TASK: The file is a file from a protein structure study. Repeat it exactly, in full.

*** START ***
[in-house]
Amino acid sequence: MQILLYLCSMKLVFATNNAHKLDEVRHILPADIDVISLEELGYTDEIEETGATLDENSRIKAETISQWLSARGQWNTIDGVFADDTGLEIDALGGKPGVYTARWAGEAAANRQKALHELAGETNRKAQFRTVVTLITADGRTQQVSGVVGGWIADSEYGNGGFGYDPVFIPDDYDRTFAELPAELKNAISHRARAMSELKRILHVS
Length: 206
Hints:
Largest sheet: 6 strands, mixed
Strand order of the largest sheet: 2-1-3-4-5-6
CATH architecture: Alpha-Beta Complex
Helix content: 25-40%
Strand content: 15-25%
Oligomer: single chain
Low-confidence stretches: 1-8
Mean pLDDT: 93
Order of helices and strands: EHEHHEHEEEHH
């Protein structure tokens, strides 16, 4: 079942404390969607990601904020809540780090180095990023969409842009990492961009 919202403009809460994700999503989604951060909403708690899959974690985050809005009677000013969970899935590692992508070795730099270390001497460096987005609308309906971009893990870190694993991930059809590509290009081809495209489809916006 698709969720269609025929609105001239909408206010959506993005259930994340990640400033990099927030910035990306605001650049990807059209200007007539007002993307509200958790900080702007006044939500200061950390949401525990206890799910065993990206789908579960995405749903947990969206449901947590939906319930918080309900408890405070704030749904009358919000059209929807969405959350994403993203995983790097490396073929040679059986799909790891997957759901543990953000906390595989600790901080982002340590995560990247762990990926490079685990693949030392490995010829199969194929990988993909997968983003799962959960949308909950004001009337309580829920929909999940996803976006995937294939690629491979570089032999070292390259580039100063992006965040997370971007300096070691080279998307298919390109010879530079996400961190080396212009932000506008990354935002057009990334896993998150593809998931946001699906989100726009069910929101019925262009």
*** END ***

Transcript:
[in-house]
Amino acid sequence: MQILLYLCSMKLVFATNNAHKLDEVRHILPADIDVISLEELGYTDEIEETGATLDENSRIKAETISQWLSARGQWNTIDGVFADDTGLEIDALGGKPGVYTARWAGEAAANRQKALHELAGETNRKAQFRTVVTLITADGRTQQVSGVVGGWIADSEYGNGGFGYDPVFIPDDYDRTFAELPAELKNAISHRARAMSELKRILHVS
Length: 206
Hints:
Largest sheet: 6 strands, mixed
Strand order of the largest sheet: 2-1-3-4-5-6
CATH architecture: Alpha-Beta Complex
Helix content: 25-40%
Strand content: 15-25%
Oligomer: single chain
Low-confidence stretches: 1-8
Mean pLDDT: 93
Order of helices and strands: EHEHHEHEEEHH
């Protein structure tokens, strides 16, 4: 079942404390969607990601904020809540780090180095990023969409842009990492961009 919202403009809460994700999503989604951060909403708690899959974690985050809005009677000013969970899935590692992508070795730099270390001497460096987005609308309906971009893990870190694993991930059809590509290009081809495209489809916006 698709969720269609025929609105001239909408206010959506993005259930994340990640400033990099927030910035990306605001650049990807059209200007007539007002993307509200958790900080702007006044939500200061950390949401525990206890799910065993990206789908579960995405749903947990969206449901947590939906319930918080309900408890405070704030749904009358919000059209929807969405959350994403993203995983790097490396073929040679059986799909790891997957759901543990953000906390595989600790901080982002340590995560990247762990990926490079685990693949030392490995010829199969194929990988993909997968983003799962959960949308909950004001009337309580829920929909999940996803976006995937294939690629491979570089032999070292390259580039100063992006965040997370971007300096070691080279998307298919390109010879530079996400961190080396212009932000506008990354935002057009990334896993998150593809998931946001699906989100726009069910929101019925262009």